Friday Movie Review - Exodus: Gods And Kings 

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There's no doubt that Ridley Scott has produced some of the most celebrated films of modern cinema. Gladiator, Blade Runner and Alien spring to mind as classics, putting him up there on a pedestal with Spielberg, Scorsese and a few select others. But recent times have seen Scott produce films on huge budgets, with little critical success. Just look at Prometheus, the Alien prequel, which was made on a monster budget, but ultimately failed to live up to it's predecessor's standards. It could be said that Scott hasn't made a good film in nearly fifteen years. Exodus: Gods and Kings is the stuff of CGI dreams, but does it have the substance to go with it?

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The film is a retelling of the story of Moses and his relationship with his brother, Ramses. Christian Bale plays the main man, while Joel Edgerton (of Warrior) plays his brother, the Pharaoh Ramesses. They start off as brothers-in-arms, but Ramesses exiles Moses when he finds out that Moses is not his brother by blood. Moses is then contacted by God, and proceeds to lead a slave revolt. God gives him a helping hand by cursing the Egyptians with the ten plagues. Its real emphasis lies with the relationship between the two brothers, and the development of that relationship.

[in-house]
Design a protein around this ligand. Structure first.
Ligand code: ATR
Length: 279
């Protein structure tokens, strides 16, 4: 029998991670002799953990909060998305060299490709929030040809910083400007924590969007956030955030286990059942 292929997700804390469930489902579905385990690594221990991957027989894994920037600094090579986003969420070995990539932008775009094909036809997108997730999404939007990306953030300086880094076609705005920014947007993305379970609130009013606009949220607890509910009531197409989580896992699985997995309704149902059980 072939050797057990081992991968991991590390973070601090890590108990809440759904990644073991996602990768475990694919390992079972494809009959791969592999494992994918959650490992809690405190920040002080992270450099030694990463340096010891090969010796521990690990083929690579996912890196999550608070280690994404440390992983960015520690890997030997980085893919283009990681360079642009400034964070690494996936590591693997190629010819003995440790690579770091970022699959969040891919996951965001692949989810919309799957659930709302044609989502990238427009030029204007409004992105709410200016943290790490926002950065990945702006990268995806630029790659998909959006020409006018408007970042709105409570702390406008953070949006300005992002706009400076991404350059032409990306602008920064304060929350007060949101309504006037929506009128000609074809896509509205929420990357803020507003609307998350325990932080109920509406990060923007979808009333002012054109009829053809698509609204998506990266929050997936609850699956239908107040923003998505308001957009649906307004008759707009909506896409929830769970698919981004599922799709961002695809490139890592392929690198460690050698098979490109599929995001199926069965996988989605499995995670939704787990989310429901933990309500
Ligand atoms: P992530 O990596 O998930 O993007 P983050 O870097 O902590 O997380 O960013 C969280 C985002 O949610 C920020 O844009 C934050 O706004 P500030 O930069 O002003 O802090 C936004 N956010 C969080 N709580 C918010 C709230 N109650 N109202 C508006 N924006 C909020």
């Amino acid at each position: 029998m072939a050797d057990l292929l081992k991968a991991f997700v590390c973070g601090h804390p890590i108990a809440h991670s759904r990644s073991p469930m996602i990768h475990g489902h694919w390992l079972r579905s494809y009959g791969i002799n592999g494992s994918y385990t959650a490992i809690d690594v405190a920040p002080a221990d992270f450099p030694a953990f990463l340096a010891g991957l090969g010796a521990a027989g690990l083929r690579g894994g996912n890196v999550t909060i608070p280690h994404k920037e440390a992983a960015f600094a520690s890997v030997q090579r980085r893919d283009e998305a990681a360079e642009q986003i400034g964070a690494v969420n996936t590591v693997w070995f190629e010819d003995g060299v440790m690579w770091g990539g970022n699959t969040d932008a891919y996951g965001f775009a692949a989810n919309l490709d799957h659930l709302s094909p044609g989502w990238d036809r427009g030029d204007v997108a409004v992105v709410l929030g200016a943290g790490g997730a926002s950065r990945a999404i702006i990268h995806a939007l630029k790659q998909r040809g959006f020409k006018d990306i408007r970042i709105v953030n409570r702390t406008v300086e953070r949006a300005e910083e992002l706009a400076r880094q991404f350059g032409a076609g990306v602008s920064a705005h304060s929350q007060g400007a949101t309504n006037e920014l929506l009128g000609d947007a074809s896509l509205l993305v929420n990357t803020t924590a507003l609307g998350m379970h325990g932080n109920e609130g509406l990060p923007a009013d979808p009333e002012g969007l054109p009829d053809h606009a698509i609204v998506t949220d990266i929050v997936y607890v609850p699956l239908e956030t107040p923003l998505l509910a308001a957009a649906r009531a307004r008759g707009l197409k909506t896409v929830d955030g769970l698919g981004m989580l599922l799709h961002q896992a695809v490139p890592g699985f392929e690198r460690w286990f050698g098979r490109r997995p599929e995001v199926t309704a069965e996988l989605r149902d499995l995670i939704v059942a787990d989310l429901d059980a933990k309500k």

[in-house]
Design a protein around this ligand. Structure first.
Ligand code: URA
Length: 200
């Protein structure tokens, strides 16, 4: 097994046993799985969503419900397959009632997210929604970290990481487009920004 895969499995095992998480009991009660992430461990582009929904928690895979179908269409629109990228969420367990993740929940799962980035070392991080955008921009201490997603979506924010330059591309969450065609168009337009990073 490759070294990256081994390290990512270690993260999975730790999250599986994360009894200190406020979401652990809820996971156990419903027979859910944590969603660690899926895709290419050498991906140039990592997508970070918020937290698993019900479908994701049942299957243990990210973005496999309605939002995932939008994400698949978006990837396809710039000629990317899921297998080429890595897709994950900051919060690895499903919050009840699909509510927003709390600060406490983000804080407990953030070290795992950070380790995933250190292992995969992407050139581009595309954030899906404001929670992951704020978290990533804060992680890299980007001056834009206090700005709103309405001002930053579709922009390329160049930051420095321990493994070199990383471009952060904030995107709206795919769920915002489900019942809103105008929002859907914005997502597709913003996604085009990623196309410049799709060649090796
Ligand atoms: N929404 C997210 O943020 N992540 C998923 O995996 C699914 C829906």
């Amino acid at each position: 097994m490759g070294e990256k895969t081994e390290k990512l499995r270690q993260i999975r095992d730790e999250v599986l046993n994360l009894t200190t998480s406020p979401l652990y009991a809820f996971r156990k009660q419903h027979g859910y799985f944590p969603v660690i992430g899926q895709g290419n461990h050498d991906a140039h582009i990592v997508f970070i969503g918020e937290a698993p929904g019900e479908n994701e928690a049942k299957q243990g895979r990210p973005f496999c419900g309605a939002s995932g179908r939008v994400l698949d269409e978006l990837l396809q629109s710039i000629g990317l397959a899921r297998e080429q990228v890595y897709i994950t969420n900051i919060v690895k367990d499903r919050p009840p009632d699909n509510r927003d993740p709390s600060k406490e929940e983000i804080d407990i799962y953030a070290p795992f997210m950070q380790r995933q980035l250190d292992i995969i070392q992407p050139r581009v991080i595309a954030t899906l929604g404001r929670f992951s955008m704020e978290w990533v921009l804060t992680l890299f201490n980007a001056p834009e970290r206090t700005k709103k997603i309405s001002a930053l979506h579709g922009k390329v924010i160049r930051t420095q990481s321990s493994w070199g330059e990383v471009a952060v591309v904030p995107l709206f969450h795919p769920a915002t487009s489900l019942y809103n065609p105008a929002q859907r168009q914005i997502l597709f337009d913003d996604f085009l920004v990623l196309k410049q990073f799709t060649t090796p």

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My beef with this movie is that it tries too hard to be an epic blockbuster. The dialogue is too forced, the atmosphere too forlorn and the CGI too much. Bale's undeniable talents are not exploited in his lead role, and while Edgerton is good, they both could be so much better. However, the plot, even though it is one of the best-known stories around, is entertaining and the culmination, the parting of the Red Sea (check out the trailer), is pretty spectacular.

Although this movie has positives, it is let down by its craving desire to be recognised as an epic. It's worth a watch, but if you get the chance, check out Angelina Jolie's Unbroken instead for an easier watch. Sure anything would be more light-hearted than this.

Written By

Andrew Tyrrell

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